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Summary:

In any organization, it’s necessary to be able to share files easily. If you have a tech-savvy team, FTP may be an option, but if even one member of your team isn’t comfortable using it, you may need to look for something easier to pick up.

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In any organization, it’s necessary to be able to share files easily. When you take your team out of the office, it becomes a little more complicated than setting up a shared drive on your network. Not only do you have to consider how to grant access to users outside of the office, but also how to get your team up to speed on whatever tool you choose to use. If you have a tech-savvy team, FTP may be an option, but if even one member of your team (or worse, a client) isn’t comfortable using it, you may need to look for something easier to get to grips with.

Looking at Easier Options

There are a number of web applications that essentially provide an online space to share large files. The cost from such services range from free (up to a certain amount of storage) to being on par with the cost of setting up an intranet. But most of them make it significantly easier to share files with team members who may never set foot inside your office. Giovanna Dimperio works at Shine Advertising Co., which uses Dropbox to share files. “It’s great since we…can’t access files on an internal server,” says Dimperio. “We’re often sharing Keynote files, Photoshop files, large spreadsheets and video files for advertisements we are working on.”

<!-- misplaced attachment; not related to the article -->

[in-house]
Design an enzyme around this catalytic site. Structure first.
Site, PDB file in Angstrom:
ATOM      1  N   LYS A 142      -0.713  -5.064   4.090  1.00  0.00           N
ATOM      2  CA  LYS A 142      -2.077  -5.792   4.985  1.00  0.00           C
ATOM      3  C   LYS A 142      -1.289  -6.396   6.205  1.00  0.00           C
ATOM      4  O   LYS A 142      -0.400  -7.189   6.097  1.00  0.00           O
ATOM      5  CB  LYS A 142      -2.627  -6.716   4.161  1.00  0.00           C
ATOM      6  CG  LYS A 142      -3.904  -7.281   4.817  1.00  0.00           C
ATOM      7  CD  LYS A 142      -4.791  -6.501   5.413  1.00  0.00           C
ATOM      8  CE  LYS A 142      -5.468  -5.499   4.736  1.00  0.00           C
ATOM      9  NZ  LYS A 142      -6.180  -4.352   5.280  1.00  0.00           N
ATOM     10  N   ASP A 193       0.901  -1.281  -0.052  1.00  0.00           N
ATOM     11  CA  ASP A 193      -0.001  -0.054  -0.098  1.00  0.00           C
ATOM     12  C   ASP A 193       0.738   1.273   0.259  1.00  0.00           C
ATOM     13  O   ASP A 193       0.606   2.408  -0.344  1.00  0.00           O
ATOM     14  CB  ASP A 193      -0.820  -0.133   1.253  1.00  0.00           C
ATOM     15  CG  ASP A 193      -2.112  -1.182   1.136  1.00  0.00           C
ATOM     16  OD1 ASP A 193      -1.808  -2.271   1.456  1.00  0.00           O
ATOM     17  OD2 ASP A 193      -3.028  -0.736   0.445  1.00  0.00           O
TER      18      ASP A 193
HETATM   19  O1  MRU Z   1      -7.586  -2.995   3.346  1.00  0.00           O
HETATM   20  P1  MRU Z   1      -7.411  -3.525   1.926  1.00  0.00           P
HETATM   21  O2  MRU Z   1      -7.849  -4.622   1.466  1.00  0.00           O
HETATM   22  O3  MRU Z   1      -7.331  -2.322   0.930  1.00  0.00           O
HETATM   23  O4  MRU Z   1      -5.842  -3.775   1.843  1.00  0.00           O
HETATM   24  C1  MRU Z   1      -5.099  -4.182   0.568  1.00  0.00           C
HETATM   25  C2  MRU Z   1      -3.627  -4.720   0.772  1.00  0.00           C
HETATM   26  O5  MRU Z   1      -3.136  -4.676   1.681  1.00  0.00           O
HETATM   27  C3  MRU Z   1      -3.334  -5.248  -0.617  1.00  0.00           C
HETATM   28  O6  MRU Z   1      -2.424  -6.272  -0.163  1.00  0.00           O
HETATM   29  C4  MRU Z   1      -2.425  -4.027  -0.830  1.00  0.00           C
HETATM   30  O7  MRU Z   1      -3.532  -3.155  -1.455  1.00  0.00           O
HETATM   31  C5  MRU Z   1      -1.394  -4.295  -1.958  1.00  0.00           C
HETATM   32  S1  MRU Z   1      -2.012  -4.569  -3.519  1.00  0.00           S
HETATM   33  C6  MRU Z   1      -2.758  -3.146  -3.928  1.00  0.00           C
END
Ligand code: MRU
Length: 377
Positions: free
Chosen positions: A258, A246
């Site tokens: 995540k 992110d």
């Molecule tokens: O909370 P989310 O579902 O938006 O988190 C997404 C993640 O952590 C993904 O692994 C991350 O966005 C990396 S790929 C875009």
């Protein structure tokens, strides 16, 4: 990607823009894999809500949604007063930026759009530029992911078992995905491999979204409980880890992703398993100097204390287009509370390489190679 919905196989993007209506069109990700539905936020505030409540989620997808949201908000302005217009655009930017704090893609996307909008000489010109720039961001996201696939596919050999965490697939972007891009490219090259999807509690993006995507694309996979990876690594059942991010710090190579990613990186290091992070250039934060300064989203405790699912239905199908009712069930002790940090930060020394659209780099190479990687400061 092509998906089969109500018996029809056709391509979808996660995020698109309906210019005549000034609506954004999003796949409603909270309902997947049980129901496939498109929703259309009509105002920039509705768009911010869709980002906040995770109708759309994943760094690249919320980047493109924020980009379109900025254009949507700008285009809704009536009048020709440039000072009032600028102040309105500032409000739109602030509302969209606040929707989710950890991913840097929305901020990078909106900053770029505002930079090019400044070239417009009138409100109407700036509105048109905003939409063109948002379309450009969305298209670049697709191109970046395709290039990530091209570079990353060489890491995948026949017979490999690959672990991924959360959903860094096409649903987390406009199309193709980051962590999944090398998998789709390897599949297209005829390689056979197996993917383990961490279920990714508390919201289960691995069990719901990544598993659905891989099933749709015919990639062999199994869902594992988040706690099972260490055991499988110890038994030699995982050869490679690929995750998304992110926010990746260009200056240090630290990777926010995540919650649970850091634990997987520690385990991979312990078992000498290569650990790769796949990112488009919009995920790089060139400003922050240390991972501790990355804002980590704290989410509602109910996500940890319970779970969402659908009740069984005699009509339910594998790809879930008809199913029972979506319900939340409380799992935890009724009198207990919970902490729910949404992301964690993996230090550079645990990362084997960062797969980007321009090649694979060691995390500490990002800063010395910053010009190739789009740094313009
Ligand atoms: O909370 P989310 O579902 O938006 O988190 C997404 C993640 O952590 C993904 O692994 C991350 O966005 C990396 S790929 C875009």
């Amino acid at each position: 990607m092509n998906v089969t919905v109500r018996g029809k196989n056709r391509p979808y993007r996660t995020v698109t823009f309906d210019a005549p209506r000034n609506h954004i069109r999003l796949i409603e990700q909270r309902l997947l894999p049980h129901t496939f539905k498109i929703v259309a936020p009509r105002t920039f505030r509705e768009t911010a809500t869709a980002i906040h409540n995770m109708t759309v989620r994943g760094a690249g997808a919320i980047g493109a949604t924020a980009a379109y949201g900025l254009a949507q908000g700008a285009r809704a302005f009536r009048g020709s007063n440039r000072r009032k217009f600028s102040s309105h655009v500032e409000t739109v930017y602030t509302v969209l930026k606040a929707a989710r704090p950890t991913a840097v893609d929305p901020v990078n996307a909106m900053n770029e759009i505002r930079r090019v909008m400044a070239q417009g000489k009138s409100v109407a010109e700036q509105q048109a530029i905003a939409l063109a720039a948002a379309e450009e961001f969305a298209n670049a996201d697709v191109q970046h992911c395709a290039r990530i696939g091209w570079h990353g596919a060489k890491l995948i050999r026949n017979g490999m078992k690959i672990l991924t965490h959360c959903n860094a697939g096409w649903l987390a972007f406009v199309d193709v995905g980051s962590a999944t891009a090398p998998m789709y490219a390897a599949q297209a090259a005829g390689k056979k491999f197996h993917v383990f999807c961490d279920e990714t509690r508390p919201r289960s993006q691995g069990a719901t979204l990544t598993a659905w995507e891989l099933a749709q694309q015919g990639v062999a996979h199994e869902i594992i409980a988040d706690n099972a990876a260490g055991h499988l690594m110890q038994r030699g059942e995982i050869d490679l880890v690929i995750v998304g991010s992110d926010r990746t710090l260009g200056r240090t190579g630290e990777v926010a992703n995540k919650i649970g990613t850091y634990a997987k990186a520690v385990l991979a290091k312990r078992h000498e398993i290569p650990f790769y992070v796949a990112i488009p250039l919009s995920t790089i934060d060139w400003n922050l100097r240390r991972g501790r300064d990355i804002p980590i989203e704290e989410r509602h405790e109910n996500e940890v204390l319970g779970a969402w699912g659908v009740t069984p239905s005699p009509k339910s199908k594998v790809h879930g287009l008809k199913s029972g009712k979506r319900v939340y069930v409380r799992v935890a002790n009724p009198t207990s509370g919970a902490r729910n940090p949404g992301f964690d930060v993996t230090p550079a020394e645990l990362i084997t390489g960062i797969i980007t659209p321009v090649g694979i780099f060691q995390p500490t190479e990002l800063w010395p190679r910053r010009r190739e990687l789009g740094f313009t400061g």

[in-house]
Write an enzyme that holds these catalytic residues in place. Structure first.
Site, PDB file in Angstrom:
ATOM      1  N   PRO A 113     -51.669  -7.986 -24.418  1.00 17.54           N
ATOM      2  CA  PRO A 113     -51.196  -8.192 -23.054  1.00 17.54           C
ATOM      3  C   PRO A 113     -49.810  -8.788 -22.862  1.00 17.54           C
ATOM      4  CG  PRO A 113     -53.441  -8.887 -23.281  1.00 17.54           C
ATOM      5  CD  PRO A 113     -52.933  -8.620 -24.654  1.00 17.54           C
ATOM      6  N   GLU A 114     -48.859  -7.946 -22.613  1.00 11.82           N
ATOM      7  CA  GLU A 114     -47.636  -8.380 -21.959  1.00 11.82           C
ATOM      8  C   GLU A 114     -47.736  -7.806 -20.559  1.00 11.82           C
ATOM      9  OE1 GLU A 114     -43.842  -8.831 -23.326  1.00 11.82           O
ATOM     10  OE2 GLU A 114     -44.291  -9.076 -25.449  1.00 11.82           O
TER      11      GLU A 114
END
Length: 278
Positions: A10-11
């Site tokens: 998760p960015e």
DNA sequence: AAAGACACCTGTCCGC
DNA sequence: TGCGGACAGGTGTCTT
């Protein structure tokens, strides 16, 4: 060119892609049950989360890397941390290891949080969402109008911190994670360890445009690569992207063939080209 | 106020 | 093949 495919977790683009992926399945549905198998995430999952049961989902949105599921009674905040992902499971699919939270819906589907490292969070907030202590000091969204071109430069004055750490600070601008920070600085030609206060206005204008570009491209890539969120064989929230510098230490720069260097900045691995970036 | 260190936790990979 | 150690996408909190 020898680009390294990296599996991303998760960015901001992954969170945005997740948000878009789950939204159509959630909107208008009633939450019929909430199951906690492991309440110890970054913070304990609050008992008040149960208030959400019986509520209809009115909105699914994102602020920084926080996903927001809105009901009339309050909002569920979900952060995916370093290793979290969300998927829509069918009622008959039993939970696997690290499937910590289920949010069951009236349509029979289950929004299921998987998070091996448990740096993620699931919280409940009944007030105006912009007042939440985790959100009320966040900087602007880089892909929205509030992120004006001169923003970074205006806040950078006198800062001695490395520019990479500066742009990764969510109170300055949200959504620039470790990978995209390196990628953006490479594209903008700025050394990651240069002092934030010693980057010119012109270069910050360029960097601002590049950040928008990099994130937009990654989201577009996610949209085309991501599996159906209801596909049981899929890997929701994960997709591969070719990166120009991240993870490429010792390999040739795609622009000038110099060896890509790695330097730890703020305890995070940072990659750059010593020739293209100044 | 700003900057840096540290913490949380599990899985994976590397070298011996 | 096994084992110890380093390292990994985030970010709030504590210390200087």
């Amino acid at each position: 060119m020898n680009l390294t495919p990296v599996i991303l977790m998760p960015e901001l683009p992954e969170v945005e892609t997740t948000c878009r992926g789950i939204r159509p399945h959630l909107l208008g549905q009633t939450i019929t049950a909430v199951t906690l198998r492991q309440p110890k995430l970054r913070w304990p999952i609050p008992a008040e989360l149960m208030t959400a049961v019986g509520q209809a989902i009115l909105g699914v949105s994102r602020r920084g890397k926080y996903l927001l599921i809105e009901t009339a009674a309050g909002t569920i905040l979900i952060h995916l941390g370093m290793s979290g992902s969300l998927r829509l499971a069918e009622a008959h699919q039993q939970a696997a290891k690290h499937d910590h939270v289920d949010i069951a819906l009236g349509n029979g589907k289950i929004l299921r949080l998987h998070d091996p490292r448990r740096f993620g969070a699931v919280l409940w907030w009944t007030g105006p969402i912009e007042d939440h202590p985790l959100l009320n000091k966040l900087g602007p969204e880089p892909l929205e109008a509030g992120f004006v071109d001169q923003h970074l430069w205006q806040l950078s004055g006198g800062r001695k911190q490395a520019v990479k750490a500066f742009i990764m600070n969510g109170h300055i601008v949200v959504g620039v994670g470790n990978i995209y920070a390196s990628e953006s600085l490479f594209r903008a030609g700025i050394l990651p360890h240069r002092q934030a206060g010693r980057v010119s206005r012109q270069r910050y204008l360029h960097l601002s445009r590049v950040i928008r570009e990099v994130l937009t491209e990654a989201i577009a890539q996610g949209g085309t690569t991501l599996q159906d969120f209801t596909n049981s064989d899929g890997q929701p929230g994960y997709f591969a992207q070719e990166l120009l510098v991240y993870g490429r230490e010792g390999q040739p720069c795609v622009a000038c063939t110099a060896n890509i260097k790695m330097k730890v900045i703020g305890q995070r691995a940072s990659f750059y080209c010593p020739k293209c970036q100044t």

Setting up an account on a web application such as Dropbox can take a matter of seconds, followed only by dragging and dropping your files into a folder. It’s significantly faster to use, with relatively few new steps for a less tech-savvy team member to learn.

Making Your Technology Easier to Manage

Mike Walker’s company, WalkerTek relies on Global Folders to share files both internally and with clients. “We used to set up FTP sites for clients so they could upload or download large files, but this is easier for them to use and for us to give them access to. We don’t need our server admin to set up FTP access, and we don’t have to explain to clients how to use it. We looked at Box.net, Dropbox and a couple of other solutions, but Global Folders had the features we needed, which was mainly allowing clients to have access to their own folders, without seeing the other information on the server. The cost for a year of Global Folders is less than our hourly rate for a server administrator, so freeing up his time, plus making it accessible to everyone else is a great saving,” notes Walker.

Walker’s company has reduced its dependency on an individual systems administrator; Global Folders manages the technical aspects while letting WalkerTek focus on working with clients.

If you’re interested in finding out more about the technology and tools that we can use to facilitate remote working you should come to our Net:Work conference, coming to San Francisco in December 9.

What tools do you use for sharing files with remote workers?

Image by Flickr user Jared and Corin

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  1. Kindly correct the url of Global Folders mentioned above. The address should be http://www.globalfolders.com

    Thanks,
    Apoorva

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    1. This is now fixed, thanks.

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  2. The link for Global Folders is wrong. It’s missing the “s” at the end. I’d not heard of them before but I’ll definitely be checking them out, sounds perfect for our publishing company.

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  3. Marco Unternährer Thursday, November 18, 2010

    I use Wuala http://wuala.com . It’s just great, because it has sync, backup features, and is totally secure, because before uploading it gets encrypted.

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